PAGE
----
striking: in many cases they are not only about ideas but also about friendships. A well-known strand in Asad's work has explored the entangled genealogies of Christianity and Islam. Further juxtapositions of these two religions occur elsewhere in this

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Portrait

Talal Asad

Talal Asad, Jonathan Boyarin, Nadia Fadil, Hussein Ali Agrama, Donovan O. Schaefer, and Ananda Abeysekara

—to understand and embody my tradition in difficult times. But following a religious tradition (by which I mean not only Islam, but also Christianity, Buddhism, Judaism, Taoism, and so forth) is made almost impossible in the accelerating temporalities of the

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Julián Antonio Moraga Riquelme, Leslie E. Sponsel, Katrien Pype, Diana Riboli, Ellen Lewin, Marina Pignatelli, Katherine Swancutt, Alejandra Carreño Calderón, Anastasios Panagiotopoulos, Sergio González Varela, Eugenia Roussou, Juan Javier Rivera Andía, Miho Ishii, Markus Balkenhol, and Marcelo González Gálvez

). McAlister's excellent description of the third wave of charismatic Christianity in Haiti shows how Pentecostalism itself thrives very much on “an evangelical diasporic imaginary” (p. 47). Probably Aymer's chapter dissects best what this imaginary can do for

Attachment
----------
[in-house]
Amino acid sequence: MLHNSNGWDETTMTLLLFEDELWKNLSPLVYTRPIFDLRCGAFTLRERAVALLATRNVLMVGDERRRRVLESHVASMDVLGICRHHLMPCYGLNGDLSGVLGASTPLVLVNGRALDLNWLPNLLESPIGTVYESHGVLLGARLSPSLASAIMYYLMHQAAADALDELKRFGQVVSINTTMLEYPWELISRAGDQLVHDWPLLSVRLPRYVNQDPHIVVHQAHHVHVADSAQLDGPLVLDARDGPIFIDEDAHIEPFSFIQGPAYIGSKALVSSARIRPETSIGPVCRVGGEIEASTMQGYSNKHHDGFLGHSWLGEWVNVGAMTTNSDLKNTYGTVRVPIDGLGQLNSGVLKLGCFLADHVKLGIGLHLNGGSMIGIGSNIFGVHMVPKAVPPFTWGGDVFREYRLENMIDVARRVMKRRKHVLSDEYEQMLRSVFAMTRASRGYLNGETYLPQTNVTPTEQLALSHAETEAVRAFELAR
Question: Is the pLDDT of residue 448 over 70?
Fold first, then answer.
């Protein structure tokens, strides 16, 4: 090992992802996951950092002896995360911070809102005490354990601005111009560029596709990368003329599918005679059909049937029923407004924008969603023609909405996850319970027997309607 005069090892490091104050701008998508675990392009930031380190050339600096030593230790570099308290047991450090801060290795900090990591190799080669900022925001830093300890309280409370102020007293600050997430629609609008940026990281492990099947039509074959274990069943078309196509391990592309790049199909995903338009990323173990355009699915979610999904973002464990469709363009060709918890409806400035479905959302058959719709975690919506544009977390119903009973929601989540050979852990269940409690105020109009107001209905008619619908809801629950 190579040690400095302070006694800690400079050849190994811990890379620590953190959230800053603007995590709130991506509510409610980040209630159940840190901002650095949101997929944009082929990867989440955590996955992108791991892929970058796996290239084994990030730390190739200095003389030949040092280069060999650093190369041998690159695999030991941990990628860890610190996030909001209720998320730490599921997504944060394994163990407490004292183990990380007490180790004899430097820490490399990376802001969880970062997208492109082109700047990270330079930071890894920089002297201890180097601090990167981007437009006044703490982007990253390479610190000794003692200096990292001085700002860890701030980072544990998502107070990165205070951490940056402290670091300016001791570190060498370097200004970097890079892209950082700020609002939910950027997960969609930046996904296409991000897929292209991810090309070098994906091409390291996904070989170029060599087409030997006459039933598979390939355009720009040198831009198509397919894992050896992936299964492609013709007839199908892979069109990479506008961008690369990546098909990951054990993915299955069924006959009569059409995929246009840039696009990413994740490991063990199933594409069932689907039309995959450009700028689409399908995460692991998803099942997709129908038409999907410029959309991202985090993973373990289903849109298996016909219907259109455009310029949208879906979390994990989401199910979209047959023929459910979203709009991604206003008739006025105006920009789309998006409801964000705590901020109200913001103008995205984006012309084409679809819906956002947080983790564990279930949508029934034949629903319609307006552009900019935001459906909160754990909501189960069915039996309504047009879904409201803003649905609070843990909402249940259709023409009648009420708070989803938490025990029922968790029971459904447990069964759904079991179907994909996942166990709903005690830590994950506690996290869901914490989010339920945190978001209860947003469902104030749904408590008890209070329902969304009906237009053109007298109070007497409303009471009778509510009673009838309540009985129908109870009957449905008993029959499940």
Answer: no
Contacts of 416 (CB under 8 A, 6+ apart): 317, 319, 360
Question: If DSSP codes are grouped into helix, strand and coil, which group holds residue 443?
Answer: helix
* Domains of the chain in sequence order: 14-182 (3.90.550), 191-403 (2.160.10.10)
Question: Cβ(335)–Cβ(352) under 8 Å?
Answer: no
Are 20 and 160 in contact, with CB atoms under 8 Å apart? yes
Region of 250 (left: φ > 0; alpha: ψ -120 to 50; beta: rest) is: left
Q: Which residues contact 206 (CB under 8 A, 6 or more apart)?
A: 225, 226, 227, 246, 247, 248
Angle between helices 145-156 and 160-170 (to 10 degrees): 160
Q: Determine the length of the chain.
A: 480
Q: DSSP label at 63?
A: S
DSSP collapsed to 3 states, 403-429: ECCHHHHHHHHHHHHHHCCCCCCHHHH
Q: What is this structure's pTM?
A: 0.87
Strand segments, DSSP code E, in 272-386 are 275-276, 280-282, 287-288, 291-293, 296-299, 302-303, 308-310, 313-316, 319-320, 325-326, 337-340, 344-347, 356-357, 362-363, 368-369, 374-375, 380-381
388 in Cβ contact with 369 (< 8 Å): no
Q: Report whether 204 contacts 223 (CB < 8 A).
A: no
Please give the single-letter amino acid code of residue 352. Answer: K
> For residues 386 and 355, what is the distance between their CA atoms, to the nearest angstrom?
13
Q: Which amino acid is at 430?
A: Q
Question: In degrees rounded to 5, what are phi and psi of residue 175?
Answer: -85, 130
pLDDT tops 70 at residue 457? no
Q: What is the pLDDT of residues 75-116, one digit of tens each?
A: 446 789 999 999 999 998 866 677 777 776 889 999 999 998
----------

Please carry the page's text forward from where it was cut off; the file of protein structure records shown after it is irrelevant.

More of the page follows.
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Weapons for Witnessing

American Street Preaching and the Rhythms of War

Kyle Byron

established links between conservative Christianity and militarized masculinity, shock and awe preachers model their speech on United States military doctrine, creating a second point of translation between ideological and linguistic rhythms. Tracing the

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Afterword

The Elsewhere beyond Religious Concerns

Annalisa Butticci and Amira Mittermaier

foregrounded in this special section. As all the authors remind us, the Elsewhere carries a particular weight in many religious traditions, including those at the heart of this section: Christianity and Islam. These religious traditions, or at least certain

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Politicizing Elsewhere(s)

Negotiating Representations of Neo-Pentecostal Aesthetic Practice in Berlin

Dominik Mattes

representations of his congregation. My explanation that in the social sciences the term usually denotes symbolically charged, habitualized, and rule-bound performative practices of believers of any religious tradition, including Christianity and other Abrahamic

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Introduction

Elsewhere Affects and the Politics of Engagement across Religious Life-Worlds

Omar Kasmani, Nasima Selim, Hansjörg Dilger, and Dominik Mattes

responds to a recent call in the anthropology of religion to move beyond the compartmentalized study of religious traditions—common in the anthropology of Islam and the anthropology of Christianity—and to explore religious phenomena comparatively across